For example, in 1964 Dutch Reformed theologian A. A. van Ruler, in his own “pneumatological turn,” called for a careful delineation of the differences between Christological and pneumatological grammars.2 In other words, in calling for a more vibrant appreciation for the unique work of the Spirit, Yong is echoing the sentiments of a large number of theologians in last half-century who have accented the distinguishing work of the Spirit. Given this, Evangelicals have good reason to pay attention to Yong’s desire to
rethink the implications of a pneumatological grammar for interfaith dialogue.

Concomitant with his pneumatological thrust is Yong’s call for a greater circumspection regarding the categories we bring into interfaith dialogue. And as Yong reminds us, we should recognize how traditionally such categories have neglected a pneumatological grammar. To appreciate this, Evangelicals should resist viewing Yong’s “pneumatological turn” as necessitating an abandonment of the Christological category or its various frameworks (e.g., exclusivism/inclusivism/pluralism). As Yong clearly states, his desire is not to discard existing categories and frameworks but to consider the way other theological categories and frameworks can add additional tools to our theological toolbox. More helpful would be for Evangelicals to consider how they might follow Yong’s example. For instance, how might the current call for a “depth view” of the gospel (as about more but not less than proclamation) among Evangelicals open up new frameworks for interfaith dialogue? If the gospel activates words and deeds in its engagement of head, heart, and hand—the entire self—how might such a perspective invite fresh frameworks for interfaith engagement?

Similarly, Evangelicals can learn from the valuable connection Yong makes between interfaith dialogue with global and public theology. Regarding the former, Yong speaks of his interest in Christian- Buddhist dialogue as a correlate to his personal question of identity as an Asian American whose Pentecostal faith has been planted in the soil of a Buddhist and Confucian culture. As Yong asks, “what if Paul had gone East instead?” Interfaith dialogue, as with global theology, inevitably reconsiders the faith’s dependence upon its Western cultural inheritance. Regarding the latter, Yong’s essay reminds us that interfaith dialogue resonates with the task of public theology. After all, both assume Christian theology should account for that which is considered good, beautiful, and true within communities outside the faith. And implicit for both interfaith dialogue and public theology is the assumption that Christian theology has within itself the possibility of being (at least in part) conversant in discourses that are birthed and developed outside the faith. Given these parallels, it is fitting that Yong should engage science and Buddhism in a joint conversation. Both discussions are possible because—as Yong claims—God’s Spirit is already at work in all religions and institutions, including those we might least expect (Ps 139:7).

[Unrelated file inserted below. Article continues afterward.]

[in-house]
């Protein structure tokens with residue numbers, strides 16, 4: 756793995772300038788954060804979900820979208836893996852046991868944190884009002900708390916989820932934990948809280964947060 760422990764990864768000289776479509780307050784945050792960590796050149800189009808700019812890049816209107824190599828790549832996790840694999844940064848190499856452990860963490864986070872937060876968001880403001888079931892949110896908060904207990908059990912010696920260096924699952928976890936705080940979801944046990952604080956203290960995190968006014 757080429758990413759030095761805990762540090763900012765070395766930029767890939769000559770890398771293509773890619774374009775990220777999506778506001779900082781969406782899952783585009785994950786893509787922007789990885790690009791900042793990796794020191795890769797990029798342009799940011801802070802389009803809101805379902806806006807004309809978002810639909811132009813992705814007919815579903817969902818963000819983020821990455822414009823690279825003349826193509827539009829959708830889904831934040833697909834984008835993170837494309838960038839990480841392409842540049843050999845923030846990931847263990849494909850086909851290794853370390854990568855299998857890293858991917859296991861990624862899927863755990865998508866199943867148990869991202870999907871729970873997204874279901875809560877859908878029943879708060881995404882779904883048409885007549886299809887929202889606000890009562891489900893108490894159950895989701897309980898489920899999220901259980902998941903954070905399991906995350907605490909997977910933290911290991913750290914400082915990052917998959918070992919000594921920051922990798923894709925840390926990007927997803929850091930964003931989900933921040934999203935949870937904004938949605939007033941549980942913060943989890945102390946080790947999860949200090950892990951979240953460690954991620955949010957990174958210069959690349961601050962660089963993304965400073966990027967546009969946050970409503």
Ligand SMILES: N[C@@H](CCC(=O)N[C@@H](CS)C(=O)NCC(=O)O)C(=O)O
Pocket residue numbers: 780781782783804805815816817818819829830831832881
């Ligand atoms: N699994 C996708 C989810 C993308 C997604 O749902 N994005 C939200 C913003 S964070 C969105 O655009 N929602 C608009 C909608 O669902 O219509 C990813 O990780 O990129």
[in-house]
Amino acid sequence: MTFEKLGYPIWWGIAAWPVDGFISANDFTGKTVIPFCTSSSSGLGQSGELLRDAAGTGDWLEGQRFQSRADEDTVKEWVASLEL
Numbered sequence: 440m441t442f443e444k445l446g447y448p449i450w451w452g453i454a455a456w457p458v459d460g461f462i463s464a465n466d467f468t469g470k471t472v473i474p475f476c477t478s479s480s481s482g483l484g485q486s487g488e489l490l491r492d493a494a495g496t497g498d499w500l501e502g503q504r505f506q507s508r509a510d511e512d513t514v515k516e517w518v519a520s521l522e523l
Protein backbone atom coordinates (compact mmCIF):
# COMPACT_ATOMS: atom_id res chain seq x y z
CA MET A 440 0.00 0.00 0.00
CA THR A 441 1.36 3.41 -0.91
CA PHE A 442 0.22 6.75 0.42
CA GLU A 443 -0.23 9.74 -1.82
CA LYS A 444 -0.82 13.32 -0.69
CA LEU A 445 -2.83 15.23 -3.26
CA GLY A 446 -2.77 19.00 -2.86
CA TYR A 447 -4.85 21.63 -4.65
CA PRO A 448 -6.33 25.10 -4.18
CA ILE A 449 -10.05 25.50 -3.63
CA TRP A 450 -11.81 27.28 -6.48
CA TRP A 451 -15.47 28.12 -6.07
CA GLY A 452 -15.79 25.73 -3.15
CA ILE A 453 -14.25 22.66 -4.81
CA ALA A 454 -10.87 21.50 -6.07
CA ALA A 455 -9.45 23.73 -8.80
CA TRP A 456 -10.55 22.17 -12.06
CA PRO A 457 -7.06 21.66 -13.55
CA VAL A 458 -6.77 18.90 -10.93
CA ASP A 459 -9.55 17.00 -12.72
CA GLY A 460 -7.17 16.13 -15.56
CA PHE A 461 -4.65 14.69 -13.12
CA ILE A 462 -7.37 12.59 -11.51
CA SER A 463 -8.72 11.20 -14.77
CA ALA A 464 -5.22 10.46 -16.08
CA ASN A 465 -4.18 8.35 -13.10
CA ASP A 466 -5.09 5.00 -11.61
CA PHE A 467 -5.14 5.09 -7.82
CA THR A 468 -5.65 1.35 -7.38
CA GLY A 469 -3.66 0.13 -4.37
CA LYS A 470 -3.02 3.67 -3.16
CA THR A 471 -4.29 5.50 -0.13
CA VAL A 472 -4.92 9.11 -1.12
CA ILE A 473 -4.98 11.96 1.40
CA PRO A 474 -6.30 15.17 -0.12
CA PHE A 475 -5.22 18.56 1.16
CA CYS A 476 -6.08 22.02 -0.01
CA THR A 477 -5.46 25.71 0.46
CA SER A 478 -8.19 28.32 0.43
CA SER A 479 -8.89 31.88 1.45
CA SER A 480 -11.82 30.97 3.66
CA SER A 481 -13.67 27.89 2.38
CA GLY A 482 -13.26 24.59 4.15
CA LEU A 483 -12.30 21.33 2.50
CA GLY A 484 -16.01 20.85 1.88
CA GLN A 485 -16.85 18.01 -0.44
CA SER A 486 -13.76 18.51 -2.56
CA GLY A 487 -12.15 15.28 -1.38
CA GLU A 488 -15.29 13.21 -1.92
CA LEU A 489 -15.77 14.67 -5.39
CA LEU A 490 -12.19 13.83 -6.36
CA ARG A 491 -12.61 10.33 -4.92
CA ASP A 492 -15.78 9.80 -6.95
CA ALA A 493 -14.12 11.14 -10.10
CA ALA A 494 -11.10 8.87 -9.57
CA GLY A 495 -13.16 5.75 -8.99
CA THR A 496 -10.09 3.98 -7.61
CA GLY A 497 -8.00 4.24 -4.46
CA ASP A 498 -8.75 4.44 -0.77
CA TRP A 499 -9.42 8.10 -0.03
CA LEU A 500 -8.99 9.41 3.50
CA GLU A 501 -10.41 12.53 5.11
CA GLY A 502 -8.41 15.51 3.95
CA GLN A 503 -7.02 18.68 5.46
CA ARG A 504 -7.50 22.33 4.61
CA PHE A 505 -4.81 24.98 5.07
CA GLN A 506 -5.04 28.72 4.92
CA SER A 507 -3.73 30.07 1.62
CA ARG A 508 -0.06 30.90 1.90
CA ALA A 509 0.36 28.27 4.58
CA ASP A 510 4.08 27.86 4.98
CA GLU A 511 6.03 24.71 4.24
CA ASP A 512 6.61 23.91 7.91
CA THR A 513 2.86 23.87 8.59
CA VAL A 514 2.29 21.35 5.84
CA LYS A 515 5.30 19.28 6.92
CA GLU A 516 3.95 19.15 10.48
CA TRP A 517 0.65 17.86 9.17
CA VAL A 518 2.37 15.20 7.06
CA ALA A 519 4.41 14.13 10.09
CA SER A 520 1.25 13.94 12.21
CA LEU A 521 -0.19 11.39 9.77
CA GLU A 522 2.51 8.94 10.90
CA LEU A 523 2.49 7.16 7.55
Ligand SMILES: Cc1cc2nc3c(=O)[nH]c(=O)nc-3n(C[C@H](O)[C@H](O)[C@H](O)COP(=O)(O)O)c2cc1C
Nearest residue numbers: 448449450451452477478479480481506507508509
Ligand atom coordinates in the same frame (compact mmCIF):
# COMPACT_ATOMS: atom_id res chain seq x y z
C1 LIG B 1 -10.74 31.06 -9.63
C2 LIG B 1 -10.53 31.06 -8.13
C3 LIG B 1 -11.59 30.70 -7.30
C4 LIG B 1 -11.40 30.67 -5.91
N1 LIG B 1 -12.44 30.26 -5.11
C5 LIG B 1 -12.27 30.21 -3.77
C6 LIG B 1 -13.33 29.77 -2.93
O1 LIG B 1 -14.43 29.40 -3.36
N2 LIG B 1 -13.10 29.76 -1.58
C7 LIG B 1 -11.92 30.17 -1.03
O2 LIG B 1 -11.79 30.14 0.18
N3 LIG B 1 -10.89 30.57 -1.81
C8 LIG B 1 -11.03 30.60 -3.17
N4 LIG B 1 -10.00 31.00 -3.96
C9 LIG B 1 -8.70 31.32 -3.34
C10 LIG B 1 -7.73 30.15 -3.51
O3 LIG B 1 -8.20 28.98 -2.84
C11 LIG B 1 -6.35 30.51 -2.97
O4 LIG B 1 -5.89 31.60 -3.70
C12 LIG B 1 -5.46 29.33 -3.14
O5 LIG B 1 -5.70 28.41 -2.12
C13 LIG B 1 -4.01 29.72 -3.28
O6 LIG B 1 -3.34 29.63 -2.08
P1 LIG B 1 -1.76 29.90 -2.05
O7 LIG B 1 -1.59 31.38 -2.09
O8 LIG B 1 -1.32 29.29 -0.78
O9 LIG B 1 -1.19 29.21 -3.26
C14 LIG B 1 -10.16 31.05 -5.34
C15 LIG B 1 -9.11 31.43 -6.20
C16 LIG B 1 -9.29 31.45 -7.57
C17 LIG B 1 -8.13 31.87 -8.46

I conclude these reflections by offering a final thought on what this can do for Evangelicals. In following the Spirit’s work in Eastern cultures and religious traditions, a surprising pattern emerges. While on the one hand such a movement relativizes and challenges Western culture’s implicit superiority, on the other hand, it opens up the possibility to appreciate and critically re-appropriate resources from Christianity’s long history in the West. Yong’s work thereby provides a helpful resource for reawakening Western Evangelicals to the value and limitations of their own culturally embedded Christianity—thus serving to free them up to perceive and learn from the work of the Holy Spirit throughout the world today.